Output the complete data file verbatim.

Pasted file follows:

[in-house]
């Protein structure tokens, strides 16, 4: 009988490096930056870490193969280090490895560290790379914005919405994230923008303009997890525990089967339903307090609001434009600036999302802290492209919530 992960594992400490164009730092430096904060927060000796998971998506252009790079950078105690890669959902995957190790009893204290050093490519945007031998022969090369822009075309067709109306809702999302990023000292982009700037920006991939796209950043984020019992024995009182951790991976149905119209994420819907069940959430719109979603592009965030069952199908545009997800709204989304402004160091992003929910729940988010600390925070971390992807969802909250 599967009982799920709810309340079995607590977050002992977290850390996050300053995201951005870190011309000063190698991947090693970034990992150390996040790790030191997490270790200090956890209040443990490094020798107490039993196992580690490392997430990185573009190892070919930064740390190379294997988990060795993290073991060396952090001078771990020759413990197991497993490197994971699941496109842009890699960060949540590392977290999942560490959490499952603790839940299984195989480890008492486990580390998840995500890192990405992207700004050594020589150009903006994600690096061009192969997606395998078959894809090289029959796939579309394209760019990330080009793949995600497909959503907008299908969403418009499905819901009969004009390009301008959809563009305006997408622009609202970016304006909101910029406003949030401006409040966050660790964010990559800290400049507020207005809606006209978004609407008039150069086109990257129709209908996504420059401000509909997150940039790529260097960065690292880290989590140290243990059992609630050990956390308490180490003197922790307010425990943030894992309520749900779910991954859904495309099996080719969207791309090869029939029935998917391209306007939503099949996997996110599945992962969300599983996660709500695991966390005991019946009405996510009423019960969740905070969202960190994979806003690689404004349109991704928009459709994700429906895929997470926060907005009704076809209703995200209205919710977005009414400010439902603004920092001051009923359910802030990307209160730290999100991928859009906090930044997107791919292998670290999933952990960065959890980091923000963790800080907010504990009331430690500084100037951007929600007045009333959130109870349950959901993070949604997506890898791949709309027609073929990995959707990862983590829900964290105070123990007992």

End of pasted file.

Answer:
[in-house]
């Protein structure tokens, strides 16, 4: 009988490096930056870490193969280090490895560290790379914005919405994230923008303009997890525990089967339903307090609001434009600036999302802290492209919530 992960594992400490164009730092430096904060927060000796998971998506252009790079950078105690890669959902995957190790009893204290050093490519945007031998022969090369822009075309067709109306809702999302990023000292982009700037920006991939796209950043984020019992024995009182951790991976149905119209994420819907069940959430719109979603592009965030069952199908545009997800709204989304402004160091992003929910729940988010600390925070971390992807969802909250 599967009982799920709810309340079995607590977050002992977290850390996050300053995201951005870190011309000063190698991947090693970034990992150390996040790790030191997490270790200090956890209040443990490094020798107490039993196992580690490392997430990185573009190892070919930064740390190379294997988990060795993290073991060396952090001078771990020759413990197991497993490197994971699941496109842009890699960060949540590392977290999942560490959490499952603790839940299984195989480890008492486990580390998840995500890192990405992207700004050594020589150009903006994600690096061009192969997606395998078959894809090289029959796939579309394209760019990330080009793949995600497909959503907008299908969403418009499905819901009969004009390009301008959809563009305006997408622009609202970016304006909101910029406003949030401006409040966050660790964010990559800290400049507020207005809606006209978004609407008039150069086109990257129709209908996504420059401000509909997150940039790529260097960065690292880290989590140290243990059992609630050990956390308490180490003197922790307010425990943030894992309520749900779910991954859904495309099996080719969207791309090869029939029935998917391209306007939503099949996997996110599945992962969300599983996660709500695991966390005991019946009405996510009423019960969740905070969202960190994979806003690689404004349109991704928009459709994700429906895929997470926060907005009704076809209703995200209205919710977005009414400010439902603004920092001051009923359910802030990307209160730290999100991928859009906090930044997107791919292998670290999933952990960065959890980091923000963790800080907010504990009331430690500084100037951007929600007045009333959130109870349950959901993070949604997506890898791949709309027609073929990995959707990862983590829900964290105070123990007992």